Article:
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Municipal courts’ warrants target African-Americans, expert says

ST. LOUIS – It’s one thing to suspect that St. Louis municipal courts target African-Americans when they issue warrants. It’s a different story when cold numbers prove the case.

Numbers, for instance, that show that municipal courts issue warrants four times more often in majority-black ZIP codes in the city than in majority-white ZIP codes. Or that the city’s municipal courts issue 94 warrants per 1,000 people, compared with 15 per 1,000 in New York City.

That’s one of numerous statistics in the “Equity Indicators: Toward a St. Louis Region That Works for Us All.” Funded by various nonprofit groups in cooperation with the Ferguson Commission, the 2018 report used a large number of comparative statistics to develop “equity indicators” for the city.

Cristina Garmendia, who was the equity indicators project manager for the effort, focused on the municipal courts’ statistics of that report in a speech to the Board of Aldermen’s Legislation Committee on Monday.

“We are issuing a lot more warrants than perhaps we should be,” Garmendia said in a report on equity-informed policy. “Minor charges can be turned into major inconveniences.”

Focusing much of her attention on warrants, Garmendia noted that one of the purposes of the aldermanic legislation committee was to suggest improvements in the municipal courts.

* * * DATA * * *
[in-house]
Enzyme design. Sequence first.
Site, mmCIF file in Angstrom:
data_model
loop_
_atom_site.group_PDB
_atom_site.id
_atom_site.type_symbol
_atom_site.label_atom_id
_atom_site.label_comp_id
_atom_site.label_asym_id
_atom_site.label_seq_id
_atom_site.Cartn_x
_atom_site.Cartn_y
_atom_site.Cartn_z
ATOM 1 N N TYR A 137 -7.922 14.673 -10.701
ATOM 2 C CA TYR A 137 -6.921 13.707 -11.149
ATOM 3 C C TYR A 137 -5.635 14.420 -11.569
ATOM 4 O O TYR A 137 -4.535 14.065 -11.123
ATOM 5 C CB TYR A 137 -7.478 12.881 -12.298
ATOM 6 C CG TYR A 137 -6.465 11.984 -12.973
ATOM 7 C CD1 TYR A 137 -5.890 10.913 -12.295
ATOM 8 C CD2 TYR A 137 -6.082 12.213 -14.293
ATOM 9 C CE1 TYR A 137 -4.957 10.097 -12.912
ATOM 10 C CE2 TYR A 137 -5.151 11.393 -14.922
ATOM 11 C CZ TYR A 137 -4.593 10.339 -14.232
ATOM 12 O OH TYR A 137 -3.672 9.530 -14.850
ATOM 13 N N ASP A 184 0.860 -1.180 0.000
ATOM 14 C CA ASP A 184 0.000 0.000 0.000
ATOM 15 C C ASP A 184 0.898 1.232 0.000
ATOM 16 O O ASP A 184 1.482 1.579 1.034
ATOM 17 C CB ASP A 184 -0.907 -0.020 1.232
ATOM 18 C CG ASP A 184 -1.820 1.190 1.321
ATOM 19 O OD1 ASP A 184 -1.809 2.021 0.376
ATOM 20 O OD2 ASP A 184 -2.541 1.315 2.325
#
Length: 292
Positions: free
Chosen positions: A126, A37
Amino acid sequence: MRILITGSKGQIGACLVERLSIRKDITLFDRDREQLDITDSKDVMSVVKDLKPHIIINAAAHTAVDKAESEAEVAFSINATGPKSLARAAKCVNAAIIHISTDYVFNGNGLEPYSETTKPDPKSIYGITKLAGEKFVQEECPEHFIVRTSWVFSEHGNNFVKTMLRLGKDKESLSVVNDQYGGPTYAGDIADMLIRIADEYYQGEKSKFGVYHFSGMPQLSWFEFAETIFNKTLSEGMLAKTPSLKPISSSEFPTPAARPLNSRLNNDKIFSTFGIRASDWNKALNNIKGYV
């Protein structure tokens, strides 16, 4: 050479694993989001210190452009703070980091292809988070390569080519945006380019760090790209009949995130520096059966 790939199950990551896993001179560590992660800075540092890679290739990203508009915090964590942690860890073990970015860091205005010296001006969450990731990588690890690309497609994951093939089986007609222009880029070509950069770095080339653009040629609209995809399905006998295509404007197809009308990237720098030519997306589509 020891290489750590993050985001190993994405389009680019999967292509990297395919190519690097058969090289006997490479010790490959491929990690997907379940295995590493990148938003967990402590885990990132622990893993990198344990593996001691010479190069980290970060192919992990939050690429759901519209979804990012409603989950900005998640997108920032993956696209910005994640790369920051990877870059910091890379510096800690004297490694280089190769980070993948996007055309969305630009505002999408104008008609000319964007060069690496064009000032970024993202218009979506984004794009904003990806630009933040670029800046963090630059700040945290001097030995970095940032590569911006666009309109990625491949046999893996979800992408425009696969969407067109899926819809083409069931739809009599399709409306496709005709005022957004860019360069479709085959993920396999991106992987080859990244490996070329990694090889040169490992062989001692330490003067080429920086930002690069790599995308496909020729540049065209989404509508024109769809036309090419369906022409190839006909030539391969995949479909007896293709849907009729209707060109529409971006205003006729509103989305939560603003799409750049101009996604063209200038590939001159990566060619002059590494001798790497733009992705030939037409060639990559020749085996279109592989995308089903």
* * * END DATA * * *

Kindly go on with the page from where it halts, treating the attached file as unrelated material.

“You have the power to reduce racial disparities in St. Louis,” Garmendia said.

A court issues a warrant when a defendant doesn’t show up for two or more court dates or doesn’t pay outstanding fines and fees for municipal ordinance violations.

Police must arrest these defendants when they encounter them. They are put into custody until they can go before a judge, who will give them a new court date and release them.

A person can be held up to two days on a minor traffic violation and three days before he or she can see a judge.

Garmendia noted that the Ferguson Commission recommended that “failure to appear” warrants be canceled and that defendants should be provided with support services. She said that New York City got better results when it redesigned its summons forms and texted defendants about upcoming court appearances.

Garmendia also spoke about other racial disparities. The greatest disparity has to do with asthma, she said, and after that comes the high rate of sexually transmitted diseases.

In St. Louis, the largest number of people are affected by racial segregation, concentrated poverty, adult poverty and lack of health insurance.

In discussion about the report, 17th Ward Alderman Joseph Roddy said he suspected that some of the difference between the number of warrants in New York City and St. Louis was because St. Louis is poorer. Also, there are fewer cars and single-family houses in New York City relative to its population. Owners of cars and single-family homes can be charged with violations.

Twenty-second Ward Alderman Jeffrey Boyd said, “I can be poor, but that’s no excuse for me disobeying the law.” And, he asked, “should I feel sorry for somebody who’s pulled over because their temp tag is bad?”

Twenty-third Ward Alderman Joseph Vaccaro said the city might want to look into a night court or a Saturday court.

“We have a system for those with means and those without means,” 24th Ward Alderman Bret Narayan said.

Jim Merkel

southsidemerkel@gmail.com Born and raised in the St. Louis area, Jim Merkel covered communities throughout the area from 1991 to 2013 for the old Suburban Journals of Greater St. Louis. He is the author of five books about the Gateway City published by Reedy Press. The latest is Growing Up St. Louis: Looking Back Through the Decades. He and his wife, Lorraine, live in the Bevo Mill neighborhood of south St. Louis with Miss Jenny the Cat. For more about Jim, visit www.jimmerkelthewriter.com.

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